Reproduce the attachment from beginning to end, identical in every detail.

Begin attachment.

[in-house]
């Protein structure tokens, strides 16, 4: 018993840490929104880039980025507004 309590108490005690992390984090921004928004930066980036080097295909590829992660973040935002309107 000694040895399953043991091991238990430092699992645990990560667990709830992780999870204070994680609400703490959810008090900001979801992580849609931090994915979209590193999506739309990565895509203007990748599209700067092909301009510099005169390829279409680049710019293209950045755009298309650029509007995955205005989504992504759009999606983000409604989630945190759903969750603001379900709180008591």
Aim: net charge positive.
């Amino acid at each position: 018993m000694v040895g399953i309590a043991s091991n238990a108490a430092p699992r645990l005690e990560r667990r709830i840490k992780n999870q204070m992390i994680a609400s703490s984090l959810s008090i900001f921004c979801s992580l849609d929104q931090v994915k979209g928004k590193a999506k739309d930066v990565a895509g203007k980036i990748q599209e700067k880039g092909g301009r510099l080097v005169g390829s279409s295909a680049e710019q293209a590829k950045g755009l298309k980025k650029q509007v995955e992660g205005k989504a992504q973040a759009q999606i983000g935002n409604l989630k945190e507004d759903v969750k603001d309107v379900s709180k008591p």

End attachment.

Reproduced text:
[in-house]
């Protein structure tokens, strides 16, 4: 018993840490929104880039980025507004 309590108490005690992390984090921004928004930066980036080097295909590829992660973040935002309107 000694040895399953043991091991238990430092699992645990990560667990709830992780999870204070994680609400703490959810008090900001979801992580849609931090994915979209590193999506739309990565895509203007990748599209700067092909301009510099005169390829279409680049710019293209950045755009298309650029509007995955205005989504992504759009999606983000409604989630945190759903969750603001379900709180008591």
Aim: net charge positive.
């Amino acid at each position: 018993m000694v040895g399953i309590a043991s091991n238990a108490a430092p699992r645990l005690e990560r667990r709830i840490k992780n999870q204070m992390i994680a609400s703490s984090l959810s008090i900001f921004c979801s992580l849609d929104q931090v994915k979209g928004k590193a999506k739309d930066v990565a895509g203007k980036i990748q599209e700067k880039g092909g301009r510099l080097v005169g390829s279409s295909a680049e710019q293209a590829k950045g755009l298309k980025k650029q509007v995955e992660g205005k989504a992504q973040a759009q999606i983000g935002n409604l989630k945190e507004d759903v969750k603001d309107v379900s709180k008591p």